MEPs welcome the agreement on the world’s minimum corporate tax rate as historic – The European Sting – Critical News & Insights on European Politics, Economy, Foreign Affairs, Business & Technology

(Credit: Unsplash)

This article is presented to you in collaboration with the European Parliament.

On Wednesday morning, MEPs debated with the Commission and the Council the upcoming G7 summit and the topics they hope to address at the EU-US summit on 11 June.

During the debate with Commissioner Valdis Dombrovskis and Portuguese State Secretary Ana Paula Zacarias, MEPs welcomed the agreement reached by the G7 countries on the global minimum corporate tax rate of 15%. Several spoke of a “historic moment” in the fight against tax havens. Others criticized the EU for not being ambitious enough and not demanding higher taxes. Some have warned that “the deal is far from being done” and that it remains to be seen whether all EU countries will accept it.

MEPs also stressed the need to cooperate globally in the fight against COVID-19 and recovery from the pandemic, as well as to work together on climate protection. They also insisted that biodiversity be promoted and that a more democratic world be built.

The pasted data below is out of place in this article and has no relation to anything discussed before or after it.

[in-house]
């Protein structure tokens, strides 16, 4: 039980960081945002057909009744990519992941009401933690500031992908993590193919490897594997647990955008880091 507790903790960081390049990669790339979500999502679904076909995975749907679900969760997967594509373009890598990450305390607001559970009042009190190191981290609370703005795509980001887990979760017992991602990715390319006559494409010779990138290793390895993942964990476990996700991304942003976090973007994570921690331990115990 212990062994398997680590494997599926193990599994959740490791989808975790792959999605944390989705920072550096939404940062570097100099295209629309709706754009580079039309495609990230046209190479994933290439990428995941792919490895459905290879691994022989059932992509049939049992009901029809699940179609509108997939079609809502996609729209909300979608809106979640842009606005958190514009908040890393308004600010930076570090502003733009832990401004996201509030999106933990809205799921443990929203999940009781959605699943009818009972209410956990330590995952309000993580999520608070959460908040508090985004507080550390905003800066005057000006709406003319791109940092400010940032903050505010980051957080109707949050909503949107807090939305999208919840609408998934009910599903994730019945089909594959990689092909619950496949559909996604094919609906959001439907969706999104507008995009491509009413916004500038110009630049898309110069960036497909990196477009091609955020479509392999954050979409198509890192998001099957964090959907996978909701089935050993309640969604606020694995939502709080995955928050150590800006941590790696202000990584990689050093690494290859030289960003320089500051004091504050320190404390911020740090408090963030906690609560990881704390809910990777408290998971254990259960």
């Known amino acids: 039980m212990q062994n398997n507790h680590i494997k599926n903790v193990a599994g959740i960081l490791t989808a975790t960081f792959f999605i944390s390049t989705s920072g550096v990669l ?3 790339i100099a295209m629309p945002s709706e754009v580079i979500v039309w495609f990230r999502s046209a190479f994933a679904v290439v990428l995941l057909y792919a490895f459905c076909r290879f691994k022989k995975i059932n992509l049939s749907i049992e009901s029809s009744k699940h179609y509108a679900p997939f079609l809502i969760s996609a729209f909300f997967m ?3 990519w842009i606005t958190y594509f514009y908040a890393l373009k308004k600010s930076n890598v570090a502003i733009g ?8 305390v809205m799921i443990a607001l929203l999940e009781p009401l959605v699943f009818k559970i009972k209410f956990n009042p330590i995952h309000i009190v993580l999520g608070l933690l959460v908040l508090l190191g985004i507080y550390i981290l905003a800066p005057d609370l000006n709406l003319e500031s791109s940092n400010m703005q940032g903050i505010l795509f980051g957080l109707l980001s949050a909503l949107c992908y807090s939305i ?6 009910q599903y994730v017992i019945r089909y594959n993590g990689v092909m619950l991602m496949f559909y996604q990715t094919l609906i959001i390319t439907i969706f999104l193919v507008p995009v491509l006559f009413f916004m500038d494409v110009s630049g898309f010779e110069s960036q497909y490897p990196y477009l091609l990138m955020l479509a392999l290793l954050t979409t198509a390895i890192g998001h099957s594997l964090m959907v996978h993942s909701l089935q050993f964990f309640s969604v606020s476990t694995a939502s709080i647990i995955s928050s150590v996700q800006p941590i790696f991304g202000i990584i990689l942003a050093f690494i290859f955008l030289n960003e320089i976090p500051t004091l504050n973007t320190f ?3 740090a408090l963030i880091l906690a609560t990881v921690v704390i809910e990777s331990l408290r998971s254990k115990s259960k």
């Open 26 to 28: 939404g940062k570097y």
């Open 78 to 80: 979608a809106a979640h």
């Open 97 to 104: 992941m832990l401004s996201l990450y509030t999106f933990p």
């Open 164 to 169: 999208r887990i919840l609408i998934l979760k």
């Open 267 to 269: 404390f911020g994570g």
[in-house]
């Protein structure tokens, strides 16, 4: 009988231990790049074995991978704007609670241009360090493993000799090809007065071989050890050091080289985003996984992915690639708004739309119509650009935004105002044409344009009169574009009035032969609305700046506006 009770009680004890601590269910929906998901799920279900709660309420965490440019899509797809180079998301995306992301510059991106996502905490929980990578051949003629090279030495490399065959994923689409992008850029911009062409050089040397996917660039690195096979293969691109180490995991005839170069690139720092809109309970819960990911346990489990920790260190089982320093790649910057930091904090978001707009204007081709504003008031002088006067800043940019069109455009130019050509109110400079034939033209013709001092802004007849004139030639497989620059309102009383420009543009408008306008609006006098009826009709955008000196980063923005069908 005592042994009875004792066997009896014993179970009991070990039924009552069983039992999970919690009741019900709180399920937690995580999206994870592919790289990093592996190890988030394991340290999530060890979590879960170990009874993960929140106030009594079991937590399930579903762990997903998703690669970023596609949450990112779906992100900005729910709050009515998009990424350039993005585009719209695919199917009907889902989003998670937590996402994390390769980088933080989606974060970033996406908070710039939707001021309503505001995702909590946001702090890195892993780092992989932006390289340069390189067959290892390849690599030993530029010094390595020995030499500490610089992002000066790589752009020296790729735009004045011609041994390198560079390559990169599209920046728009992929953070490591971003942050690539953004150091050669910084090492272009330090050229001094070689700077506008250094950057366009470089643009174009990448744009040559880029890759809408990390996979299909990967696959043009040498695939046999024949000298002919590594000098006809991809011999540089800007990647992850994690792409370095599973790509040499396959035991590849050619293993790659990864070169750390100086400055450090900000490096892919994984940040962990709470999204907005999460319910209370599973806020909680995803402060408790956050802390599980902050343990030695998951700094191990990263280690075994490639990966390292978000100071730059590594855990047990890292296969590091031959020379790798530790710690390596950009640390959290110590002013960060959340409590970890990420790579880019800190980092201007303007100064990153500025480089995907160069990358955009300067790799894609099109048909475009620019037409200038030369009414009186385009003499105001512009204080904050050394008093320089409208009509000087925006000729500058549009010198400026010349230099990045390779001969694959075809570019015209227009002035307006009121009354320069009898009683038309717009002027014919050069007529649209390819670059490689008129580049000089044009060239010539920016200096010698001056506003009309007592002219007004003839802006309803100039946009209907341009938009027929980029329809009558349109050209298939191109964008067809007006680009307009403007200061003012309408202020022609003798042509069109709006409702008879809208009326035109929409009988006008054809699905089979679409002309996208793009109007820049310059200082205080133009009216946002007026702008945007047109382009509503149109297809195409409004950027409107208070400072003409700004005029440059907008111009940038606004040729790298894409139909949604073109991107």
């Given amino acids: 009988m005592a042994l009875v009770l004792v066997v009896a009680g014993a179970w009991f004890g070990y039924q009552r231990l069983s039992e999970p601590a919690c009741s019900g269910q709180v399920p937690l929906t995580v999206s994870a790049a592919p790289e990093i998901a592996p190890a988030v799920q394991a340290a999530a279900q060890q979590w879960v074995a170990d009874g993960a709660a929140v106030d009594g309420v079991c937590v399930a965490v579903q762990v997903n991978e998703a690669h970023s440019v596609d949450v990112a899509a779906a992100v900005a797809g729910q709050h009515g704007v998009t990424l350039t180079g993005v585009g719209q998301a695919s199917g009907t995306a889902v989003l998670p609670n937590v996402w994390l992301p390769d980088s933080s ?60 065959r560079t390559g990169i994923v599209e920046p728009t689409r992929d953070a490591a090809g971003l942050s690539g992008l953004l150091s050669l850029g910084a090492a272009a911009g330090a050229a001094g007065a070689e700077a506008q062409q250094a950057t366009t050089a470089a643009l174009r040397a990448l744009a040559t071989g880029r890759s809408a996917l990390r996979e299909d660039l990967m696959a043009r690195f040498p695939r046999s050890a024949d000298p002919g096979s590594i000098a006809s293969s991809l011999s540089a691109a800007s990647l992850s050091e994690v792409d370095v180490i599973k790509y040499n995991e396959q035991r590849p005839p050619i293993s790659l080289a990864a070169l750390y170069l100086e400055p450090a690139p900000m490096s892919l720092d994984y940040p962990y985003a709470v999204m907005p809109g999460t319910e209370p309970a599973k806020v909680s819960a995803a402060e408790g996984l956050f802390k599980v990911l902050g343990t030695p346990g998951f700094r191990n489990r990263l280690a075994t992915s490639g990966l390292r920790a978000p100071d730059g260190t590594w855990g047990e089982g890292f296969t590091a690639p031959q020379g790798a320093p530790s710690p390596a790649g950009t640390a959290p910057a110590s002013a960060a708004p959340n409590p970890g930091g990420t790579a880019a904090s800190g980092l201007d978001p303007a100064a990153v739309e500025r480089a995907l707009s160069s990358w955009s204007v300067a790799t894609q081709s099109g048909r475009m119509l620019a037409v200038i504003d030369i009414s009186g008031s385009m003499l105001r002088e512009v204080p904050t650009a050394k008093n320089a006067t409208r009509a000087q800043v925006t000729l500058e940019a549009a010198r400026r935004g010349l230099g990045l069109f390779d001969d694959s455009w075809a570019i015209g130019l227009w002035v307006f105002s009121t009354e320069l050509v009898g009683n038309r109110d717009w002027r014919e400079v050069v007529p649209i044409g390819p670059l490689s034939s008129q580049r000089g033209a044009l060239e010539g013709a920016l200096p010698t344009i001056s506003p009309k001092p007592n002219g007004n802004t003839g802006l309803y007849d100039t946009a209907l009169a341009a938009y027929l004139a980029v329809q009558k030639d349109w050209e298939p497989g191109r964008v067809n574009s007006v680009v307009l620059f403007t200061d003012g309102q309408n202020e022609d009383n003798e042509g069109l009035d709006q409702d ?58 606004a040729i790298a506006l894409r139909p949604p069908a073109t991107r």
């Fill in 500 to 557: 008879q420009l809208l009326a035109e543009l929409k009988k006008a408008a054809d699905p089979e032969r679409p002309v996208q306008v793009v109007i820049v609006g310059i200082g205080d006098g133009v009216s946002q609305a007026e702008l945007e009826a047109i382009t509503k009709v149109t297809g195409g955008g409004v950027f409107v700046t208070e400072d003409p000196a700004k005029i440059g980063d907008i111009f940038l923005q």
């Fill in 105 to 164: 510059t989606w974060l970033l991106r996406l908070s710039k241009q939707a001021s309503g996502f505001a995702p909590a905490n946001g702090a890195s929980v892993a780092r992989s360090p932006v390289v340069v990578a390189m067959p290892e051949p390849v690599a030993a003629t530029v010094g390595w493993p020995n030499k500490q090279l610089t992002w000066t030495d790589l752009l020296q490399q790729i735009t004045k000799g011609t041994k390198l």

Welcoming the Biden administration’s commitment on the international stage, many MEPs stressed the need to develop a common approach with the United States to deal with Russia, Belarus and China. They expressed hope for a return to normal multilateral cooperation, stressing the need to focus on things that bring partners together rather than those that separate them. MEPs also insisted that the two partners work to overcome their differences over planes, steel and data.

Watch the full debate here.


Commission and Council Presidents Ursula von der Leyen and Charles Michel will meet the US President on June 15 in Brussels. This is Joe Biden’s first international trip as President of the United States.

Ahead of the EU-US summit, the leaders of the countries that make up the G7 will meet on June 11-13, at the summit in Carbis Bay, Cornwall. The 2021 summit will be their 47th meeting and the first in person in almost two years. The last time the G7 leaders met in person was at the 2019 summit in Biarritz, France.

Source link

Previous Why we need better corporate governance data
Next "Green Paper" of the Treasury - Corporate tax perspective - Taxation